Steall Gorge Repairs Get EOCA Nod

John Muir Trust lands funding for urgent repairs to piopular Glen Nevis path.


Posted: 28 March 2012
by Jon

And would you like some drama with your valley, sir? The Steall Gorge in Glen Nevis photographed by Alex Gillespie.

A John Muir Trust project to repair the heavily-used Steall Gorge footpath in Glen Nevis has won £25,000 in funding in an online competition organised by the European Outdoor Conservation Association.

EOCA is a body financed by the European outdoors industry with the aim of putting money back into conservation projects worldwide, so far the body has contributed almost 900,000 euros to 36 different causes with the recipients determined by online voting.

The win means that the leading conservation charity will receive the money to go towards urgent repairs to the Steall Gorge path in Glen Nevis, Lochaber after winning out over similar conservation projects from right across Europe. 

Fran Lockhart, the Trust’s Nevis property manager, said: “Over the last two weeks we’ve had a tremendous response from our members, local people and many others across the UK who value this wild place. I’d like to thank everyone who voted for our project to help us win the funding.

“We had stiff competition, including a German charity with around a million members, so it’s staggering to have received so much support.

“Steall Gorge is really important to a lot of people, which is why it’s vital to repair the path and keep it safe to use. This money will go a long way towards covering the cost of the work, and helping to protect the adjacent fragile woodland and montane habitats.”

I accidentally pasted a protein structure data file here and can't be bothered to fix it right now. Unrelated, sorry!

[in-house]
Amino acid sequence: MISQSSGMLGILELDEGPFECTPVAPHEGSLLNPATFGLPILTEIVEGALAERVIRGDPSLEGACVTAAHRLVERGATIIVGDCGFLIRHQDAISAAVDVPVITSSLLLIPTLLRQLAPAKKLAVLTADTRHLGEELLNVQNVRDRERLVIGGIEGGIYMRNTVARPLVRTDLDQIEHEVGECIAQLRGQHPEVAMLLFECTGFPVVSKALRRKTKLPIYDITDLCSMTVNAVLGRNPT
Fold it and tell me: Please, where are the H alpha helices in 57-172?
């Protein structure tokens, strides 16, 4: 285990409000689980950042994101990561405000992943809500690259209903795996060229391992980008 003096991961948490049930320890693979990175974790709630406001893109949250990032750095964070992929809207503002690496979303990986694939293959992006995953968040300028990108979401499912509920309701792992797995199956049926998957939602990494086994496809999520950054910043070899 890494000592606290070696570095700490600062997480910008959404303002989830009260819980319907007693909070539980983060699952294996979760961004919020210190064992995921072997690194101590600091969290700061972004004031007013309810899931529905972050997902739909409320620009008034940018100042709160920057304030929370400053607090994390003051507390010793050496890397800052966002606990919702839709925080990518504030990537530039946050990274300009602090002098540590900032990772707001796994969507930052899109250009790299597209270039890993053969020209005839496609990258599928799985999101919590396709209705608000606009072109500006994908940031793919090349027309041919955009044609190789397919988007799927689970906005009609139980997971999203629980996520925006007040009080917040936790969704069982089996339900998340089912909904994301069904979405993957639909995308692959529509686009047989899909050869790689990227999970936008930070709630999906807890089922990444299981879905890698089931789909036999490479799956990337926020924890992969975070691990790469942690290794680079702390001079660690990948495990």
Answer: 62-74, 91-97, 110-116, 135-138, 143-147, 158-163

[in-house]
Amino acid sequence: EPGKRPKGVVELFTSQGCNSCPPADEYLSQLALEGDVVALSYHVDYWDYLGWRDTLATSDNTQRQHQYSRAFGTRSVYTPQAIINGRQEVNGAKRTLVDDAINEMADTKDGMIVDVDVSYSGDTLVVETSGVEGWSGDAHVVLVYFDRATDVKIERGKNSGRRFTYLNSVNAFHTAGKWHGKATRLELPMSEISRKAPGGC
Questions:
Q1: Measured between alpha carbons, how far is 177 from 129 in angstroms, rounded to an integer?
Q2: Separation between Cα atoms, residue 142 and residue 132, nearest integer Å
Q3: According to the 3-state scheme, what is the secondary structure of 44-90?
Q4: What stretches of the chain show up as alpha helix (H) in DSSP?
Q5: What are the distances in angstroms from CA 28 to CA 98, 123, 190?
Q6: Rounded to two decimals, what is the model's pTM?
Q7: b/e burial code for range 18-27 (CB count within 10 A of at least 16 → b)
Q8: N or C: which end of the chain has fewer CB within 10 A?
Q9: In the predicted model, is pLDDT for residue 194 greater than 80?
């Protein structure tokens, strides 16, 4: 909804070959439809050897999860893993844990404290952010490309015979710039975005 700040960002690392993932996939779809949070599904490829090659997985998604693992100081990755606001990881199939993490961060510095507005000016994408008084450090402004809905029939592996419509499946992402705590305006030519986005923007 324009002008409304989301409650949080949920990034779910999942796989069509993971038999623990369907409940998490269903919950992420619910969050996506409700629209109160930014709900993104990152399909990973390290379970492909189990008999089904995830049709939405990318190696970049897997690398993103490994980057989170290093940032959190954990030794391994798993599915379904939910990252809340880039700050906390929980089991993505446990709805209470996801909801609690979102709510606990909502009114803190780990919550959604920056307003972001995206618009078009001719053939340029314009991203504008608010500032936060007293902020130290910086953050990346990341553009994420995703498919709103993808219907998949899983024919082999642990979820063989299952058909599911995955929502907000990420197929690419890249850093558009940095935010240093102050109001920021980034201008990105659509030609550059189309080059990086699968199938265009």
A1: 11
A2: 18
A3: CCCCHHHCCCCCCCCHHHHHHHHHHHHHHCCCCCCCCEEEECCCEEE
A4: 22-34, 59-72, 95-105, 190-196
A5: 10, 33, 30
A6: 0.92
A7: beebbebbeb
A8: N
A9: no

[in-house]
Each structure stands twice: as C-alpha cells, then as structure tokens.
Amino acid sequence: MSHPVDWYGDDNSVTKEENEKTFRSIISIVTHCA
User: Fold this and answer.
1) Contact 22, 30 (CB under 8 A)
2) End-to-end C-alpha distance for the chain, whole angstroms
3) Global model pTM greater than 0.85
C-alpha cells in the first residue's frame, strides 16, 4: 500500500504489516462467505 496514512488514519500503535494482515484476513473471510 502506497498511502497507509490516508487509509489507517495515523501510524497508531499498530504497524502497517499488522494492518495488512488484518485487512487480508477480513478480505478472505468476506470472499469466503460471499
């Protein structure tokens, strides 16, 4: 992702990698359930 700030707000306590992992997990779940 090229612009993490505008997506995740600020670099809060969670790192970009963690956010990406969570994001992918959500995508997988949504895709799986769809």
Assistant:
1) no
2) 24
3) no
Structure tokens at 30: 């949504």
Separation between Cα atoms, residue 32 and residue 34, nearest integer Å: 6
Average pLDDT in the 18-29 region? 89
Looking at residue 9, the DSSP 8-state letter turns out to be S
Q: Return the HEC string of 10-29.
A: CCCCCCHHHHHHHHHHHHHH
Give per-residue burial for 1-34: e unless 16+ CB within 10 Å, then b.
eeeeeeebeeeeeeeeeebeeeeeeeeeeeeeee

There are between thirty and forty distinct paths on Trust land, ranging from woodland walks and coastal routes to upland paths giving access to the summits of seven Munros and five Corbetts.

The Trust has a policy of carrying out low-key path maintenance on existing paths in order to prevent excessive wear and erosion of the environment, while keeping visual intrusion to a minimum. This year it has recruited specialist staff to work proactively on projects such as the Steall Gorge repairs to ensure maintenance issues are dealt with before they become more serious problems.

Fran added, "We want to give people the opportunity to walk in and enjoy the wild places in our care in ways that respect and protect surrounding habitats and wildlife. The repairs on the Steall Gorge will reverse existing damage and strengthen spots where there could be a problem in the future.”

The Trust will launch a further appeal to support the repairs to Steall Gorge, and other footpaths later this year. 

More about the work of the John Muir Trust at  www.jmt.org and about EOCA at www.outdoorconservation.eu.


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